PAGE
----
“Let’s go Parks, we gonna work today son.”
These were the words Coach Atterberry barked out at me after a 2.5-hour wrestling practice. Coach Atterberry was my dad’s assistant wrestling coach and was known for his personal work ethic, along with pushing athletes to their limits. He was a longtime football coach but loved the mentality in the sport of wrestling.
Coach Atterberry would keep me after practice almost daily and put me through extra workouts. I didn’t mind because I wanted to be the best and knew that Coach Atterberry had my greatest interest in mind. I was certain he would push me and just as certain that he loved me as a person and not just an athlete.
On this particular day, Coach Atterberry had a little something in mind that I wasn’t ready for mentally or maybe even physically. We had just completed a grueling wrestling practice when I heard Coach’s call for me to stay and work. As usual, I reported for duty and waited to see what extra workout I’d be performing that day. Coach ran me through a circuit of stationary bike sprints, bear crawls around the wrestling room and swings across the monkey bars (which spanned the length of the room.) To make matters worse, he had another wrestler stay and complete the circuit with me, but he let that wrestler go home after a couple of rounds.
In my mind, I’d surely get to go home soon just as my teammate had done. But as the moments flew by and the sweat rolled down my body, it seemed as if there would be no reprieve from the pain. Coach Atterberry kept pushing me with words that I could no longer make out in my state of exhaustion. At one point I was bent over taking a 30-second rest when my dad walked into the wrestling room and looked at me and then Coach Atterberry. I didn’t say a word, but with my eyes, I tried to yell, “Help! Get me out of here.” My dad shook his head and walked out of the room. I looked down and watched as blood dripped from each finger and made a puddle on the floor. My calluses had been torn off my hands by the tape we put on the monkey bars to keep them from getting slick with condensation from the heated room.
It was in this moment that I wasn’t sure if I could take any more. Coach Atterberry yelled, “Bear crawls, get ’em.” I started to bear crawl around the room but stopped. I stood up and begin to walk. Coach hollered for me to continue, but I didn’t listen. He had done it. He was the first and only coach to ever break me mentally in a workout. I looked at him and said, “No.” Even as the words left my mouth I couldn’t believe I was telling a coach no. Where was this coming from? What was going on here?
I continued to walk for around a half lap and then something inside clicked. There it was, that place in the mind that a human can go when they really need to make something happen. The mental lapse was over, a decision was made, and I was back to work.
I’m not sure how much longer the workout lasted. It didn’t matter at that point because now I was all in and that made all the difference.
You and I, we have mental walls. We are not sure where they exist and will never be certain until we push the limits and discover a wall. It’s in the moment of discovery that a decision has to be made to turn around and retreat or keep pushing until the wall is driven back. Then next time we will be able to travel a little further to hit the wall and again push it back. This requires getting out of our comfort zone and journeying into the unknown. It’s scary, it’s uncomfortable, and it might cause us to cry out for help. But if we will persist, then what was once a wall, a stumbling block, or a limitation will no longer exist. It’s in these moments that we grow stronger and get better.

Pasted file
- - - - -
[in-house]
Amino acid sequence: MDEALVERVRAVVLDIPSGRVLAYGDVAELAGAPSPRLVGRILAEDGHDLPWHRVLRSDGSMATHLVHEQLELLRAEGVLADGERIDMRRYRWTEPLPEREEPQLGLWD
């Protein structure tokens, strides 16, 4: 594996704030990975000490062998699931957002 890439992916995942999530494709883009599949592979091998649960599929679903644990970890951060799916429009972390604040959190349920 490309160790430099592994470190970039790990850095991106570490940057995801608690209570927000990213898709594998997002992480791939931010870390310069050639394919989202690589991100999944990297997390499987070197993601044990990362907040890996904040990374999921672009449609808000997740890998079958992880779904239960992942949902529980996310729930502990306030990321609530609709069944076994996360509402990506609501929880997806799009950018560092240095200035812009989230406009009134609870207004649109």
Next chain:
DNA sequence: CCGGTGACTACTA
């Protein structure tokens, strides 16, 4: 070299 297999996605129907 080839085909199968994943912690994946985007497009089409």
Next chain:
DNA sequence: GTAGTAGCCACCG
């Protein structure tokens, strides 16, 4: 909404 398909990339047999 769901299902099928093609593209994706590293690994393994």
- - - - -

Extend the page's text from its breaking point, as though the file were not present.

Outside of each individual, there is a major key in this growth process… someone to help us find our wall. We all need a Coach Atterberry to push us further than we’ve been and beyond where we think we can go. This person can be a coach, a spouse, trainer, boss, or best friend. But this I’m sure of, we need someone to help us discover our walls and push them back. Once this has been experienced enough times, then it becomes part of our internal fabric and we can push ourselves to new levels.
Let me make this personal for you. In life, there is a guarantee that you will be pushed outside of your comfort zone. This might be a personal choice such as pursuing a vision for a sport, job, or your family. There are also times that life will throw at you tests that you are not ready for physically or mentally. It’s in these moments that you can break and quit or you can go to that place deep inside and decide to keep pressing on. The circumstances might be out of your control, but your mentality is totally up to you in the midst of the circumstances.
Where is your wall? Are you willing to find it and then push it back? When life yells, “We gonna work today”, how will you respond? It’s your choice and I hope that you will embrace the discomfort and allow it to push back your walls in order to make you stronger and weave within you a fabric that cannot be broken.
Game Changing Moves:
- Think of a time in your life when you were pushed to your limits and beyond either mentally or physically. How did you respond?
- Who do you have in your life that challenges you to get uncomfortable and grow?
- Read Proverbs 18:10. Where do you turn when you need help?
P.S. Thank You to Coach Duke Atterberry and my Dad (Coach Martin Parks) for pushing me so hard in high school wrestling. When I wrestled in college, we did workouts that would make a billy goat puke, but I was ready for them because I’d been there before. Your influence impacts how I train even today. I love you guys.